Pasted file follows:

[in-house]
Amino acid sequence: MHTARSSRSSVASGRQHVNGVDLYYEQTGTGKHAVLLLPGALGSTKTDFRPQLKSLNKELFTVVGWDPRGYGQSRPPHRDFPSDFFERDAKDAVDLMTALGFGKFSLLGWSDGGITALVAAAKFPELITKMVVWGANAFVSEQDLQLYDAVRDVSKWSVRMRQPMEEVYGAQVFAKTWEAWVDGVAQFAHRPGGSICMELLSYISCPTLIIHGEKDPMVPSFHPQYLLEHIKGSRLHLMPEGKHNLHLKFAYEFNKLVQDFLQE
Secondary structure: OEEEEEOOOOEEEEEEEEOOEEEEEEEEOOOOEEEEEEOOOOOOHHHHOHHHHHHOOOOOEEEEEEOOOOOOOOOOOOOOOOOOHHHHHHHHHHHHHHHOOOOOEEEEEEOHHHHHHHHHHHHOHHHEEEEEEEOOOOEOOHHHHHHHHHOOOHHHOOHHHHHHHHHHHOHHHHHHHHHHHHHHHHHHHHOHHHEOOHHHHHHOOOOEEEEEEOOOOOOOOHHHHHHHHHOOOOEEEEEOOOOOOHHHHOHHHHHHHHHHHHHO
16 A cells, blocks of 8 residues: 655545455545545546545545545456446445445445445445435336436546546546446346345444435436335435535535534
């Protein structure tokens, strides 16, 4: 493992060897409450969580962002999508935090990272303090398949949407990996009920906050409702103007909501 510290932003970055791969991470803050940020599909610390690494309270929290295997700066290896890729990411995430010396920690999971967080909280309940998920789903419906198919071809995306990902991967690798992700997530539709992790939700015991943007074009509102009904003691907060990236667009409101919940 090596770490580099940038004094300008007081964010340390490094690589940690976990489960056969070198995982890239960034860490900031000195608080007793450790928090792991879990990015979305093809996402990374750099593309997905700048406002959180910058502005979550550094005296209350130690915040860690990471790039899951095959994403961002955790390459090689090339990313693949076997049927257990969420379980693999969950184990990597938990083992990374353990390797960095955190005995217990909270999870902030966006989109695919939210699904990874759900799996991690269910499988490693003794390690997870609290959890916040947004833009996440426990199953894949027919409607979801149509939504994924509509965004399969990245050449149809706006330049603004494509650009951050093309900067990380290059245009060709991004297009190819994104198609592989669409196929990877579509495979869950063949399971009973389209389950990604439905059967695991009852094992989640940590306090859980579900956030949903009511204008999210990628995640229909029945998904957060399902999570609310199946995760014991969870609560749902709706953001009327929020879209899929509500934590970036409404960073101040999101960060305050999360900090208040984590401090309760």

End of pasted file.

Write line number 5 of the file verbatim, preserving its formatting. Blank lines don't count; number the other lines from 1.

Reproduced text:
């Protein structure tokens, strides 16, 4: 493992060897409450969580962002999508935090990272303090398949949407990996009920906050409702103007909501 510290932003970055791969991470803050940020599909610390690494309270929290295997700066290896890729990411995430010396920690999971967080909280309940998920789903419906198919071809995306990902991967690798992700997530539709992790939700015991943007074009509102009904003691907060990236667009409101919940 090596770490580099940038004094300008007081964010340390490094690589940690976990489960056969070198995982890239960034860490900031000195608080007793450790928090792991879990990015979305093809996402990374750099593309997905700048406002959180910058502005979550550094005296209350130690915040860690990471790039899951095959994403961002955790390459090689090339990313693949076997049927257990969420379980693999969950184990990597938990083992990374353990390797960095955190005995217990909270999870902030966006989109695919939210699904990874759900799996991690269910499988490693003794390690997870609290959890916040947004833009996440426990199953894949027919409607979801149509939504994924509509965004399969990245050449149809706006330049603004494509650009951050093309900067990380290059245009060709991004297009190819994104198609592989669409196929990877579509495979869950063949399971009973389209389950990604439905059967695991009852094992989640940590306090859980579900956030949903009511204008999210990628995640229909029945998904957060399902999570609310199946995760014991969870609560749902709706953001009327929020879209899929509500934590970036409404960073101040999101960060305050999360900090208040984590401090309760």